Web Giants Team on Secure E-Mail Standards

E-mail has been around in various forms for decades, but the underlying technology used to send it is almost as old -- and that?EU?s a big problem, according to engineers who develop e-mail protocols. So, representatives of the world's biggest e-mail service providers have united to improve the security of e-mail traffic.

SMTP Strict Transport Security (SMTP STS) is a new mechanism that lets those providers define policies for establishing encrypted e-mail communications. The new standard was developed by engineers from Google, Microsoft, Yahoo, Comcast, LinkedIn and 1&1 Mail & Media Development & Technology.

The proposed protocol was submitted to the Internet Engineering Task Force late last week. The task force is a large open international community of network designers, operators, vendors, and researchers "concerned with the evolution of the Internet architecture and the smooth operation of the Internet."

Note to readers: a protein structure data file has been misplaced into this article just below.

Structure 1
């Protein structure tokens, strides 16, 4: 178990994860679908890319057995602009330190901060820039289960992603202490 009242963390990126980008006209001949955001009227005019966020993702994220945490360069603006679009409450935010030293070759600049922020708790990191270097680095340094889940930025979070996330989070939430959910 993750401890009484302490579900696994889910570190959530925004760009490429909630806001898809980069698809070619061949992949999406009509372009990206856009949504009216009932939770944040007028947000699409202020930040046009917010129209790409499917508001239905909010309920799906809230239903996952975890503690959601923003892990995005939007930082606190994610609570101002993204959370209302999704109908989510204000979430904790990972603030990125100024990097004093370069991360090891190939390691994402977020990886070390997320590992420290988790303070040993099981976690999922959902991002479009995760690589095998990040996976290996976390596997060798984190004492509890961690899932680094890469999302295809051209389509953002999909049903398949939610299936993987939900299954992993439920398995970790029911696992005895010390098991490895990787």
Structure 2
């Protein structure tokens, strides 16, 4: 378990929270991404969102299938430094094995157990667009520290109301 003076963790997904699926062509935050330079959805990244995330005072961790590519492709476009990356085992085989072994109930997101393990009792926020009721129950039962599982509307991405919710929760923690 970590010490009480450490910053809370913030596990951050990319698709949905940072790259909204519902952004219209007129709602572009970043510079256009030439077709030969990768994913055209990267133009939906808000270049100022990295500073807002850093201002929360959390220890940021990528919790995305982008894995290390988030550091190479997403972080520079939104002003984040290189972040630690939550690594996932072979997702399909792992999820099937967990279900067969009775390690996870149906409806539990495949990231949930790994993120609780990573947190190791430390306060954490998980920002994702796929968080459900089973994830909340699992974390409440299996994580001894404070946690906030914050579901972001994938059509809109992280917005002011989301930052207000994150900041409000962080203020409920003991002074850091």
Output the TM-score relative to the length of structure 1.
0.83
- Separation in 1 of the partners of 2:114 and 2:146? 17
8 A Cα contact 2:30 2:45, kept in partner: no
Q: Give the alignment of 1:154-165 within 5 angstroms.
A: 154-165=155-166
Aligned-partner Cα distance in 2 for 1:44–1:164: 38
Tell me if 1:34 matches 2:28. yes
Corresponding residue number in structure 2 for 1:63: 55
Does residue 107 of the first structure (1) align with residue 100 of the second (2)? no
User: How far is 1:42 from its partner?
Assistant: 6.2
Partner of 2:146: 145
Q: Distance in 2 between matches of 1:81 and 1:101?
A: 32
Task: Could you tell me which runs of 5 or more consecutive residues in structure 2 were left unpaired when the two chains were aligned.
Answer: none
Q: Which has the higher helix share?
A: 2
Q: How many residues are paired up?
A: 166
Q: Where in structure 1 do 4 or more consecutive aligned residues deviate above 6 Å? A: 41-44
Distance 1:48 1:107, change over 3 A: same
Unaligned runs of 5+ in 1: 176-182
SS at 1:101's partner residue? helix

How It Works

SMTP STS would protect users against attackers trying to intercept or modify e-mail in transit either by impersonating the destination server or by breaking through the Secure Sockets Layer (SSL), the standard security technology for establishing an encrypted link between a Web server and a browser.

The engineers said that when an e-mail is sent to a domain that supports SMTP STS, the program will automatically ensure that the destination supports encryption and has a valid certificate before sending, helping the sender ensure that the message is going to the correct server. If the recipient domain isn?EU?t valid, the e-mail won't be delivered and the sender would be told why. The overall idea is to make certain that e-mail communication is properly secured by enforcing rules that have been around for years on the Web, but usually not in e-mail.

Kelley Mak, an analyst with Forrester Research Inc., told us the proposed protocol was a great improvement, especially coming from such a...

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